[2013 Edit:  Super Mario 3D World!  Woooo!]

The Invisible Women of War

I have a fairly lengthy commute to work, and on my commute, I have a tendency to brainstorm ideas for art and games that may or may not ever see the light of day (thanks to spending all of my time driving to and from work instead of drawing and making games, heh).

So, this morning I was mentally revisiting a scenario that I’ve been slowly building on for a couple of months now. I don’t know what the hypothetical end result would be if this ever was to come to fruition (though in my head, I imagined the story being told in comic book-style panels), but I’m hoping that if anything, I’ll at least get a picture of this still-unnamed character I’ve been slowly developing. I won’t go into much detail since it’s still very much a mental work in progress, but I’ll just say that the main character is a woman who either has a military background or has at least been thrown into a battlefield situation by circumstance.

So, maybe that’s why this article caught my eye as I was checking my e-mail this morning:

Back from combat, women struggle for acceptance (Kimberly Hefling, Associated Press)

In this article, Kimberly Hefling writes about the lack of understanding and acceptance of female veterans and how the American public in general does not see them as offering the same level of contribution as their male counterparts–if they are even recognized as veterans at all, rather than being assumed to be another soldier’s wife or girlfriend.

Then later this afternoon, as I was trying to catch up on game news, I happened to come across this article:

Girls Night With the Most Male Game of 2009 (AJ Glasser, Kotaku)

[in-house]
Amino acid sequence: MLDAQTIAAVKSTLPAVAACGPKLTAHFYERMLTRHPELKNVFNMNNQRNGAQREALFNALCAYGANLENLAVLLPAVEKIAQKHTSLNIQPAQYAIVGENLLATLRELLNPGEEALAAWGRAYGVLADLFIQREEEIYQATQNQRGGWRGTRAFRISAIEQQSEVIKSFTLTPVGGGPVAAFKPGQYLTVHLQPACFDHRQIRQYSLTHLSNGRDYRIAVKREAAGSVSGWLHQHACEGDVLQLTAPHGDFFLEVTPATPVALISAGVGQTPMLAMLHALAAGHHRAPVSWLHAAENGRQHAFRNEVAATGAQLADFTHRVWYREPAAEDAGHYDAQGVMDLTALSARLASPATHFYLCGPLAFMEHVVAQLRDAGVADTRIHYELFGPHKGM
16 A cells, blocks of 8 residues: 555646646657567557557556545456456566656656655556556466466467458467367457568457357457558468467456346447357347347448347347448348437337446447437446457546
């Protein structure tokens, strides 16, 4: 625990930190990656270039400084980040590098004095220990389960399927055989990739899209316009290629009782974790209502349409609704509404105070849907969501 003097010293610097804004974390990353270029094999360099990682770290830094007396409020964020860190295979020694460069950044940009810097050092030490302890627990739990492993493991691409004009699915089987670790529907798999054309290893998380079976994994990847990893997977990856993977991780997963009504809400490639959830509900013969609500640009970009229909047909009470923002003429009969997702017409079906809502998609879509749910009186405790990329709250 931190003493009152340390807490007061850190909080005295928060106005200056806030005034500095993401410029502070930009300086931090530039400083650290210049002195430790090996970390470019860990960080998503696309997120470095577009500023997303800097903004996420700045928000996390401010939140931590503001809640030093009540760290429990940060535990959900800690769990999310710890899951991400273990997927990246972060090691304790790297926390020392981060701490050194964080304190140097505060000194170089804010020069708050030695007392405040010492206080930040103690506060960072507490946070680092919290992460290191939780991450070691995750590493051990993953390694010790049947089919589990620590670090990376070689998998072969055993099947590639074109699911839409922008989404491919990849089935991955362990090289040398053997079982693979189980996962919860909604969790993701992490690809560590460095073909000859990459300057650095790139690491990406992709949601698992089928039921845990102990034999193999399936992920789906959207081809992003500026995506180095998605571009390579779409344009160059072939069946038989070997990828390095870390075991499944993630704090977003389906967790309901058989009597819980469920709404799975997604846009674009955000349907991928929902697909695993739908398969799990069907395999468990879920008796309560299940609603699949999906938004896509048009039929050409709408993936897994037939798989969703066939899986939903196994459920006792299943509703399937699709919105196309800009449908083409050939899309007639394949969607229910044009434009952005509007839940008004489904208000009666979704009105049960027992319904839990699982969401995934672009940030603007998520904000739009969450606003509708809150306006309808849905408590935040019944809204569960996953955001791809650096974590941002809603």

With this article, we have AJ Glasser recount a recent “girls night” with a couple of friends where the trio checked out Call of Duty: Modern Warfare 2 to see “what all the fuss was about.” The women finished the game and ultimately loved it, but still concluded that it was sexist. Not so much on the grounds that it was a war game, or a “typical male fantasy,” but because there was next to no female representation in the game. Obviously the military is a male-dominated field, and one of the women replied to AJ’s question of if she thought the game would be better with a playable female character with a “no.” She mentioned that she just wanted to see more women in the game.

AJ ends the article with a comment that she just wants developers to give women “room to exist within the male fantasy.” She continues, “I want to imagine myself there with them. I don’t just want to know that women are in the Army by hearing their voices on a radio — I want to see them fighting for their country the way I would if the enemy were at the gates and my country needed me. I want developers to know that I play video games too, so they should pander to me as well as men.”

While I could go on about gender exclusion in video games, this case in particular easily relates back to the earlier article about the invisibility and misunderstanding of real-world military women. Perhaps war games wouldn’t have to be marketed exclusively to men if the world would realize that there are women fighting and dying along side them, even if they’re not typically on the front lines. While female soldiers and fans of war-inspired games may both be in the minority, simply ignoring them is sure to keep them that way. Perhaps adding more female NPCs to Modern Warfare would do little to expand the game’s audience, but at the same time, it could also increase awareness of our female veterans. Could this awareness possibly result in a greater interest among women of these types of games?

Personally, I’m not a big fan of war games. I’m not a big fan of war in real life. But at the same time, war creates some really deep, fascinating stories, because soldiers are people, and these are people in extreme situations. I’ve never played through a Call of Duty game from beginning to end, but every time I sit down to watch someone play, the story starts to suck me in. Would being able to relate to the world help to push me from observer to player?

Regardless, the point is that real women do exist outside of what we consider to be traditional gender roles, and I would like to see this reflected in our fiction, because our fiction can influence our reality. And while I don’t necessarily want to see more women going off to war… well, I don’t really want to see men going off to war either, so that’s a moot point. Despite my personal feelings on war, I have nothing but respect for those people who dedicate themselves to protecting their country, and I would like to see those people get recognition, whether in the real world or in video games, regardless of gender.